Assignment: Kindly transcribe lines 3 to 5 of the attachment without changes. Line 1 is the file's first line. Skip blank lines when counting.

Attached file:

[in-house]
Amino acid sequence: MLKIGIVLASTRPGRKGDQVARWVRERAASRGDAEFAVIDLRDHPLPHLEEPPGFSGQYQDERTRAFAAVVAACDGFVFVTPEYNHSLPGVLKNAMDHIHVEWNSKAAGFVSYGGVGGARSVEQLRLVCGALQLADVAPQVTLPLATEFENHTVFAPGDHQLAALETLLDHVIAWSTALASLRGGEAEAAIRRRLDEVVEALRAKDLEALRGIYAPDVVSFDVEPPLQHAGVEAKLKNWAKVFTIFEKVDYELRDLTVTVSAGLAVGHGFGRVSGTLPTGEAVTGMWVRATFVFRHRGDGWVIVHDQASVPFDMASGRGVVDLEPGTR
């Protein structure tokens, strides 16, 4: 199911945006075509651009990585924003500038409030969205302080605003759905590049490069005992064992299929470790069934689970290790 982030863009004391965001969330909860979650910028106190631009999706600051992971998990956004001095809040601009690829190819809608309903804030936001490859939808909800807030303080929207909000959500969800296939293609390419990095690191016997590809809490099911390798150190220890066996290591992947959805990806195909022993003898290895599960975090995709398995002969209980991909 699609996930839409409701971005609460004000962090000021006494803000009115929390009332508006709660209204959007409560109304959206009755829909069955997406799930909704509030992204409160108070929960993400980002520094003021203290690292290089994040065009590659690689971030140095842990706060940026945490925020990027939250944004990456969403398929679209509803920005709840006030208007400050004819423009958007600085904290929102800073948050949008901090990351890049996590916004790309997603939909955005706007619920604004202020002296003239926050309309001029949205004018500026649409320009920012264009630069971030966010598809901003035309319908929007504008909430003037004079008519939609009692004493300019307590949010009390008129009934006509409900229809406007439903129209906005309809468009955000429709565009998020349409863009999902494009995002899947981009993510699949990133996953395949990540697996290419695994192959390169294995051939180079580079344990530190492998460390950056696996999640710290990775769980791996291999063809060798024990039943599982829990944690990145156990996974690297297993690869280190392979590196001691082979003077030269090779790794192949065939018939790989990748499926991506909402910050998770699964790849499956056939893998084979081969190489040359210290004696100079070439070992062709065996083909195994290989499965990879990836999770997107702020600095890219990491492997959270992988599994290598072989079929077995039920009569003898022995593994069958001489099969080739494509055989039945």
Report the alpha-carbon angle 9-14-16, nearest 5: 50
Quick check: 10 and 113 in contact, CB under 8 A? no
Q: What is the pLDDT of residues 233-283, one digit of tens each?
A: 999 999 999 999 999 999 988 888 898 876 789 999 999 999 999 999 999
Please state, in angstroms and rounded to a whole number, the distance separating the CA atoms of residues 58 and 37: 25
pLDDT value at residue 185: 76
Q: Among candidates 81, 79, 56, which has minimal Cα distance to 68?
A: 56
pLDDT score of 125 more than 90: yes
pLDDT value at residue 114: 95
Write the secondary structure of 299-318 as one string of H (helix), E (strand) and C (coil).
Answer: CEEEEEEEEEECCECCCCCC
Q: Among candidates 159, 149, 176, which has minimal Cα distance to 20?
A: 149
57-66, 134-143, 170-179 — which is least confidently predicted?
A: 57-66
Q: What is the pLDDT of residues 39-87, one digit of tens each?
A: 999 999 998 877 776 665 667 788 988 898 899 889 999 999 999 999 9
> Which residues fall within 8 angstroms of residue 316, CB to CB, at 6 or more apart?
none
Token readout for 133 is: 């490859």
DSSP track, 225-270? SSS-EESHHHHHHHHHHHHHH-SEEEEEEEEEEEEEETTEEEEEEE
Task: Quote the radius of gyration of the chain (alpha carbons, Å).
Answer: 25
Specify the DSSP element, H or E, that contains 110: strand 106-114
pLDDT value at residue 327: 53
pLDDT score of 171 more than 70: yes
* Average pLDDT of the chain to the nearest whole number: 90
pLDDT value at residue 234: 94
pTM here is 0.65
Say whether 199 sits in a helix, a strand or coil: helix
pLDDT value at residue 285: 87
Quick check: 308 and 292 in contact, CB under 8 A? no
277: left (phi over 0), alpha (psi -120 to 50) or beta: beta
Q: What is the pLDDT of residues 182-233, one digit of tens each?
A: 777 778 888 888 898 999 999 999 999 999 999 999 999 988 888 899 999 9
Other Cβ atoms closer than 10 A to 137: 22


């Protein structure tokens, strides 16, 4: 199911945006075509651009990585924003500038409030969205302080605003759905590049490069005992064992299929470790069934689970290790 982030863009004391965001969330909860979650910028106190631009999706600051992971998990956004001095809040601009690829190819809608309903804030936001490859939808909800807030303080929207909000959500969800296939293609390419990095690191016997590809809490099911390798150190220890066996290591992947959805990806195909022993003898290895599960975090995709398995002969209980991909 699609996930839409409701971005609460004000962090000021006494803000009115929390009332508006709660209204959007409560109304959206009755829909069955997406799930909704509030992204409160108070929960993400980002520094003021203290690292290089994040065009590659690689971030140095842990706060940026945490925020990027939250944004990456969403398929679209509803920005709840006030208007400050004819423009958007600085904290929102800073948050949008901090990351890049996590916004790309997603939909955005706007619920604004202020002296003239926050309309001029949205004018500026649409320009920012264009630069971030966010598809901003035309319908929007504008909430003037004079008519939609009692004493300019307590949010009390008129009934006509409900229809406007439903129209906005309809468009955000429709565009998020349409863009999902494009995002899947981009993510699949990133996953395949990540697996290419695994192959390169294995051939180079580079344990530190492998460390950056696996999640710290990775769980791996291999063809060798024990039943599982829990944690990145156990996974690297297993690869280190392979590196001691082979003077030269090779790794192949065939018939790989990748499926991506909402910050998770699964790849499956056939893998084979081969190489040359210290004696100079070439070992062709065996083909195994290989499965990879990836999770997107702020600095890219990491492997959270992988599994290598072989079929077995039920009569003898022995593994069958001489099969080739494509055989039945």
Report the alpha-carbon angle 9-14-16, nearest 5: 50
Quick check: 10 and 113 in contact, CB under 8 A? no